OverviewIf you like solitude and spectacular views, chances are you will like the Mount Zirkel Wilderness, located in the northern Park Range and Sierra Madre of Colorado. Only a few of the peaks get much attention (namely Mount Zirkel, Mount Ethel, Lost Ranger Peak, and Big Agnes), but even then the popular peaks are much less crowded than many of the other places in Colorado. The Central Peak of the Front Range, featured on this page is not climb very often.
Although the peaks in the Mount Zirkel Wilderness are lower than they are in some other parts of Colorado, the Mount Zirkel Wilderness receives more snow on average than any other part of Colorado (nearly 500 inches of snow a year according to SNOTEL data), thus lower mountains have a much more alpine appearance than they would for similar elevation mountains in other parts of Colorado.
The Front Range (not to be confused with the much longer, larger, and well known Front Range also in Colorado) is the name of a ridge between Gilpin Creek and Gold Creek. There are only two ranked summits along this ridge, so I don’t know why this ridge has the nomenclature of a range.
The Central Peak of the Front Range is Peak 11,164 (23rd highest ranked summit in the Park Range) and is featured on this page. The mountain may sound small by Colorado standards, but it is rather rugged and scenic and the snowfields in the northeast cirque usually last year round.
The peak is somewhat of an anomaly as well. It is very often photographed since it forms the background to Gilpin Lake, one of the most popular destinations in the entire Mount Zirkel Wilderness. On the other hand, the peak is seldom climbed. We found that there was only one other signature in the register in the past 15 years.
Park Range: 11,000+ Foot Peaks with 300+ feet of Prominence
Getting ThereSlavonia Trailhead
From Steamboat Springs head two miles NW on US 40 to CR 129 (Elk River Road) and turn right at the stoplight. Head about eighteen miles north, past Clark, to Glen Eden, and turn right again at Seedhouse Road ( AKA CR 64 and FR 400) and follow the road and signs ten miles to the trailhead. Seedhouse Road is passable for passenger cars to the trailhead.
The recommended approach route is a loop hike up Gilpin Creek and down Gold Creek. This is a very scenic route and passes by Gilpin Lake and Gold Creek Lake. Most people seem to hike it in the other direction, but I'd recommend going down Gold Creek, if only because you might get your feet wet at the end of the hike rather than at the beginning.
The East Ridge is probably the most common ascent route and is accessed from the saddle south of Gilpin Lake. Doing the ridge directly requires technical climbing. You can bypass the ridge crest on the south (Class 2+) or north (Class 3) before making the final assault up the peak.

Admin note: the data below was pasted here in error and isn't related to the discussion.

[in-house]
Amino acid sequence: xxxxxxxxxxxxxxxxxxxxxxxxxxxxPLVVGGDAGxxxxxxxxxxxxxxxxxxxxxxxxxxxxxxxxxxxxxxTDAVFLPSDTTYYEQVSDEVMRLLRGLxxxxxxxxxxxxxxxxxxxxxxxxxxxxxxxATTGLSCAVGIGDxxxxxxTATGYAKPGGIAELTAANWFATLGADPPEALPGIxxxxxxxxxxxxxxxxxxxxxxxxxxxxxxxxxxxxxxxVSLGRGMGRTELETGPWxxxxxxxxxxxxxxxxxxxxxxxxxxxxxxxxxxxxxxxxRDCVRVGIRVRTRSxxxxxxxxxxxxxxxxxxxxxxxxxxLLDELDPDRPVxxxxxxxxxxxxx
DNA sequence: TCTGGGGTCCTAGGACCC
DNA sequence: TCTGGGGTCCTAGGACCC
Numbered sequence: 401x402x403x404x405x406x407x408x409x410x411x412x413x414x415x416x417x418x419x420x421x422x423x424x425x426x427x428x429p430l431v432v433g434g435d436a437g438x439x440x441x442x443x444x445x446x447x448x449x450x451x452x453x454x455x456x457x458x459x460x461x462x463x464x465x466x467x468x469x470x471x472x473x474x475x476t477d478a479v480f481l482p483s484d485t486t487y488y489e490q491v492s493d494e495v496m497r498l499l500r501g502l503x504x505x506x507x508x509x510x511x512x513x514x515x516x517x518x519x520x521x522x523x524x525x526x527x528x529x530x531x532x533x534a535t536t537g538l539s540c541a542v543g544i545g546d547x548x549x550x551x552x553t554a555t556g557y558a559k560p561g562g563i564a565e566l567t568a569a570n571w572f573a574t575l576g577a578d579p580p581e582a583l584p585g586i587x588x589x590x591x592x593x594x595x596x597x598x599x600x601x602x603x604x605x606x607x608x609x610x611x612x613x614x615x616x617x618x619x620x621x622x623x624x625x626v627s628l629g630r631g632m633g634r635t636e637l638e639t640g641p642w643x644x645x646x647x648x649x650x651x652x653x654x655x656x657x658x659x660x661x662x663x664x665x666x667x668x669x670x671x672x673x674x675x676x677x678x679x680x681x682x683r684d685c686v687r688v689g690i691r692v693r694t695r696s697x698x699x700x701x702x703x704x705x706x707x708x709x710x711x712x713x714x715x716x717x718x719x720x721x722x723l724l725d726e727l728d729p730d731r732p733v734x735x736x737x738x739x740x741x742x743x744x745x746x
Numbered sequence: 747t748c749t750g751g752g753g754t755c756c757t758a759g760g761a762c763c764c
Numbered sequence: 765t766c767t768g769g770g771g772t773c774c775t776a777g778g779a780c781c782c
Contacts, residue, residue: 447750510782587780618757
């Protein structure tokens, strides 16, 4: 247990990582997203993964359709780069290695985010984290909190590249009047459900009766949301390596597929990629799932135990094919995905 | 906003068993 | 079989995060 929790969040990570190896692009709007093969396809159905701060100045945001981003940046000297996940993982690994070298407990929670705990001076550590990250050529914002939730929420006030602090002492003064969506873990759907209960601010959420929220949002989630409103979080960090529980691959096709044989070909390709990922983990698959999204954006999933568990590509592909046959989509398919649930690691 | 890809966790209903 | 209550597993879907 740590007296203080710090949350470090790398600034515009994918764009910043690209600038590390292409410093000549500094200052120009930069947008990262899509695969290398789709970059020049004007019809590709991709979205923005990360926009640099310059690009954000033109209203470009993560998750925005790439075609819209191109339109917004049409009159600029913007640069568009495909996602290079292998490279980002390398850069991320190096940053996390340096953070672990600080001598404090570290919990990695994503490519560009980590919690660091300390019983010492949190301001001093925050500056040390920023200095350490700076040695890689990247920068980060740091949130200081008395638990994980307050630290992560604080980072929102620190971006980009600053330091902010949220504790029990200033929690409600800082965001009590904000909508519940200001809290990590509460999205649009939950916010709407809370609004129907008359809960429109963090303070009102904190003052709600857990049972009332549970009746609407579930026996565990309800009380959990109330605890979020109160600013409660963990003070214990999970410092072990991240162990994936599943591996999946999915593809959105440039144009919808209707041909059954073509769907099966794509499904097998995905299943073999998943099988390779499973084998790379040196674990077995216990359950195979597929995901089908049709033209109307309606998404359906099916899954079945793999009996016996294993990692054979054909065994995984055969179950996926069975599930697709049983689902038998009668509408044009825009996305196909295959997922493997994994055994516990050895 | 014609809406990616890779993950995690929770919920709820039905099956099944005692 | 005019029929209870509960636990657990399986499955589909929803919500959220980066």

This route is about 12 miles round trip and with about 2800 feet elevation gain.
Red TapeNo permits are required. Standard wilderness regulations apply.
Camping is prohibited within 100 feet of any trail, wilderness lake or stream. Camping is prohibited within 1/4 mile (1320 feet) of Gilpin Lake, Gold Creek Lake and Three Island Lake. Camping, leaving camping equipment or personal property or otherwise occupying national forest system lands for a period longer than 14 days within a 30-day period on a ranger district is prohibited. Camping within 200 feet of a posted sign reserving a site for a commercial outfitter is prohibited.
Storing equipment, personal property or supplies is prohibited within the wilderness for more than 14 days within a 30-day period, including time the area was used for camping.
Building, maintaining, attending or using campfires is prohibited within 100 feet of any trail, wilderness lake or stream. Building, maintaining, attending or using campfires is prohibited within 1/4 mile (1320 feet) of Gilpin Lake, Gold Creek Lake and Three Island Lake.
Dogs must be leashed or under control.
Possessing, discharging or using any kind of firework or pyrotechnic device is prohibited.
The maximum group size is a combination of 25 persons and/or pack/saddle animals, with the maximum number of persons being 15.
Shortcutting switchbacks is prohibited.
When to ClimbAugust and early September is the most popular time to climb here. July is fine too, but this area gets more snowfall than anywhere else in Colorado, so winter snows tend to stay late and through most of July. Stream crossings along some routes can can be very problematic in June and July.
Be aware that if you do climb in July, be aware that the area has one of the biggest mosquito populations in Colorado. My first attempt on the peak was a failure due to mosquitoes. By August, the mosquitoes taper down in most years.
CampingThere are several developed campgrounds along Seedhouse Road for those making the standard approach.
Gold Creek, Slovenia Basin and Gilpin Creek all have good campsites, but camping is not allowed within 1/4 of a mile of Gold Creek Lake and Gilpin Lakes.
Mountain ConditionsFor current information, contact:
HahnsPeak/Bears Ears Ranger District
925 Weiss Drive
Steamboat Springs, CO 80487-9315
CLICK HERE FOR THE WEATHER FORECAST FOR MOUNT ZIRKEL WILDERNESS
Below is the National Weather Service Climate Summary of Steamboat Springs. The data is from 1908-2012. This is the closest long term weather station, but be aware that higher elevations will be much wetter and colder. Steamboat Springs is at 6695 feet elevation, so expect the temperatures on Central Peak to be 15-20 degrees colder than in Steamboat (except for cold winter nights).
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